5 min read

Kiri Industries (NSE:KIRINDUS)

Kiri Industries is a leading integrated Dye manufacturer in India with a global presence spanning over 50 countries across all seven continents and a market cap of ₹1518cr (approximately $190 million).
Kiri Industries (NSE:KIRINDUS)

Disclosure: Invested today at 289.65. Not a recommendation to invest.

CMP: 288.85.

A Special Situation

A ‘special situation’/arbitrage, as Graham liked to call it, or ‘workout’ as Buffet likes to call it, is a situation in which a particular development is counted upon to generate a profit in a security, regardless of the movements in the general market. Kiri Industries is one such special situation/workout available in the market today.

Kiri Industries is a leading integrated Dye manufacturer in India with a global presence spanning over 50 countries across all seven continents and a market cap of ₹1518cr (approximately $190 million).

Kiri Industries has historically traded below book value due to a longstanding legal dispute over its most valuable asset – its stake in Dystar Holding. Although Dystar has been a profitable venture, Kiri hasn't reaped the rewards due to the actions of Dystar's majority stakeholders, Senda. As a result, Kiri's shareholders have discounted the value of its holding in Dystar, valuing the business solely on its standalone operations.

The recent resolution of the legal proceedings, however, provides an intriguing arbitrage opportunity, not yet reflected in the company's share price.

Dystar Holdings: A Brief Overview

Kiri partnered with Chinese dye manufacturer Longsheng Group in 2010 to establish DyStar Global Holdings (Singapore) Pte Ltd, intending to acquire DyStar's business. Kiri held the majority shareholding, while Longsheng possessed a convertible bond. By 2012, DyStar had become profitable, and Longsheng's subsidiary, Senda, converted its debt into equity, becoming the majority shareholder of DyStar. This development strained the relationship between Kiri and Senda as joint venture partners.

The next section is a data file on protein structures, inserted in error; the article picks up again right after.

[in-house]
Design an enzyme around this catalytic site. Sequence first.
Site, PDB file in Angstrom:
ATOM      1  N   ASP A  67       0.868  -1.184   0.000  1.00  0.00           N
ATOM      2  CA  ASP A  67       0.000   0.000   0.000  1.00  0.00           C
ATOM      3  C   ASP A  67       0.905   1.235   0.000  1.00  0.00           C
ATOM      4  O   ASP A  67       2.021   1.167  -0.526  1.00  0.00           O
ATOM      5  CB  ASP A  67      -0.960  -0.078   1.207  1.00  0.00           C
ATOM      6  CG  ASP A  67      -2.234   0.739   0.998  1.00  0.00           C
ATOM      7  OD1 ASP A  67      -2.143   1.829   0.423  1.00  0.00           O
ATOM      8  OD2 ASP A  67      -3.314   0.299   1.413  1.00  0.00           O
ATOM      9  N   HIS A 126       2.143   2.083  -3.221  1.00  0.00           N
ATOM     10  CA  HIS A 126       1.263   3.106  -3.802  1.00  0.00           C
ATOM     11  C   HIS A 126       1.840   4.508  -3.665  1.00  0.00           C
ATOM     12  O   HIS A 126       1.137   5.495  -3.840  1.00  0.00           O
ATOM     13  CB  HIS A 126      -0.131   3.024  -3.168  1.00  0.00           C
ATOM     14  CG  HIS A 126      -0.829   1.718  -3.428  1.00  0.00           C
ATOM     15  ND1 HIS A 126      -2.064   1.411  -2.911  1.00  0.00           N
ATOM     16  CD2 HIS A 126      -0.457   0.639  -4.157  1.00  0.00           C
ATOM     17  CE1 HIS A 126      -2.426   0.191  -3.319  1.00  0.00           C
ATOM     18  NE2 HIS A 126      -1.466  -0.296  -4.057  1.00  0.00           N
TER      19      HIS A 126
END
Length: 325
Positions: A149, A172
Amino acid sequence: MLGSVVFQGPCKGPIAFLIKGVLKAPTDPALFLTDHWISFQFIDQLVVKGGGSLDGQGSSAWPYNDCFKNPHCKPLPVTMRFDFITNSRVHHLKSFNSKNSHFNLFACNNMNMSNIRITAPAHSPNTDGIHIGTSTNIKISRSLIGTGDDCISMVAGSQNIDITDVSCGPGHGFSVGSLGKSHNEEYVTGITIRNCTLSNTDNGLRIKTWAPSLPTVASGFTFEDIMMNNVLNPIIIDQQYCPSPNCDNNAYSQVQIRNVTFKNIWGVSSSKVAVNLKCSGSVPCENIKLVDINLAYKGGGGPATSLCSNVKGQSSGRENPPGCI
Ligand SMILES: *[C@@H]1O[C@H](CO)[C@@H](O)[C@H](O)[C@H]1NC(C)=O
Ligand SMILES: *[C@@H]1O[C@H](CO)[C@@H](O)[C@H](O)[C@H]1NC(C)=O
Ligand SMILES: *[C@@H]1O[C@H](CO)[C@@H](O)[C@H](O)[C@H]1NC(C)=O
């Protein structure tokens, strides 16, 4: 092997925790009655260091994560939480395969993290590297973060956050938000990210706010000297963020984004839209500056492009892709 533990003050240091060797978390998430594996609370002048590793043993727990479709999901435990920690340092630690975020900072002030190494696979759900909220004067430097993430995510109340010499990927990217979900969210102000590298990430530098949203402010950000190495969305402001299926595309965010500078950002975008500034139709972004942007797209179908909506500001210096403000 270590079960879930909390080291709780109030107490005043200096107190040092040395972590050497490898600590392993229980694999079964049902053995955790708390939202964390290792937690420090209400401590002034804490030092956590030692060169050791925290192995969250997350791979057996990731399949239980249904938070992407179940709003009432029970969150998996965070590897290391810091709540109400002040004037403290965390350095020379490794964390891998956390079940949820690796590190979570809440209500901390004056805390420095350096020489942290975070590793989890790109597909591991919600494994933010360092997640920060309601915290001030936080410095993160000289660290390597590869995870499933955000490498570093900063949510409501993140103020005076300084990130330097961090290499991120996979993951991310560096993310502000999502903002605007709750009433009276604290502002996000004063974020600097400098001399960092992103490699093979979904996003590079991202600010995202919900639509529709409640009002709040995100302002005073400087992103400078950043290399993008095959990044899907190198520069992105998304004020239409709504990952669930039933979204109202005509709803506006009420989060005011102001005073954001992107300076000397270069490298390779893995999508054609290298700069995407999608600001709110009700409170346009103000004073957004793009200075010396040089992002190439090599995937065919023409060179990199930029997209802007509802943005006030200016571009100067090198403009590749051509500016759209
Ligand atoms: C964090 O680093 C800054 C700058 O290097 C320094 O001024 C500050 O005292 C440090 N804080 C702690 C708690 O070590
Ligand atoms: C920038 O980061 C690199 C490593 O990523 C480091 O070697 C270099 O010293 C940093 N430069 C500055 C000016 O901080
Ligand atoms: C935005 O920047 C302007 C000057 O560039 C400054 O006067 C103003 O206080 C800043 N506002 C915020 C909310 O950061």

In 2015, Kiri filed a lawsuit in the Singapore High Court against Senda, alleging minority oppression. In July 2018, the court ruled in favour of Kiri and ordered Senda to buyout Kiri’s stake in Dystar. The Singapore International Commercial Court (SICC) valued Kiri's stake in DyStar at US$481.6 million as of July 2018. On March 3, the final value for the buyout order was increased to US$603.8 million. The court also awarded Kiri legal costs totalling S$8.11 million, payable by Senda by January 20, 2023. However, as of February 13, 2023, Senda had not made this payment.

With around 5.18cr shares outstanding, a successful buyout at $603 million (roughly ₹ 4974cr) would mean a cash enrichment before taxes of over ₹ 950 per share. Factoring in the S$8.11 million (roughly ₹ 49.2cr) in legal costs adds in roughly another ₹ 9.5/share. So, if the buyout and recovery of legal costs is successful - Kiri shareholders can expect a cash enrichment before taxes of ₹ 960 per share. Yet, it currently trades at under ₹ 290 - less than 3 times the value of the buyout sum.

Key Concerns

Kiri's shareholders are concerned about the company's ability to collect payment from Senda. They question Senda's willingness to buy out Kiri's stake at US$603 million if they have defaulted on their obligation to pay the relatively smaller legal costs of S$8.11 million. Shareholders lack confidence in receiving this payment and anticipate further legal expenses and delays. In the meantime, the company's operations are struggling to achieve net profitability.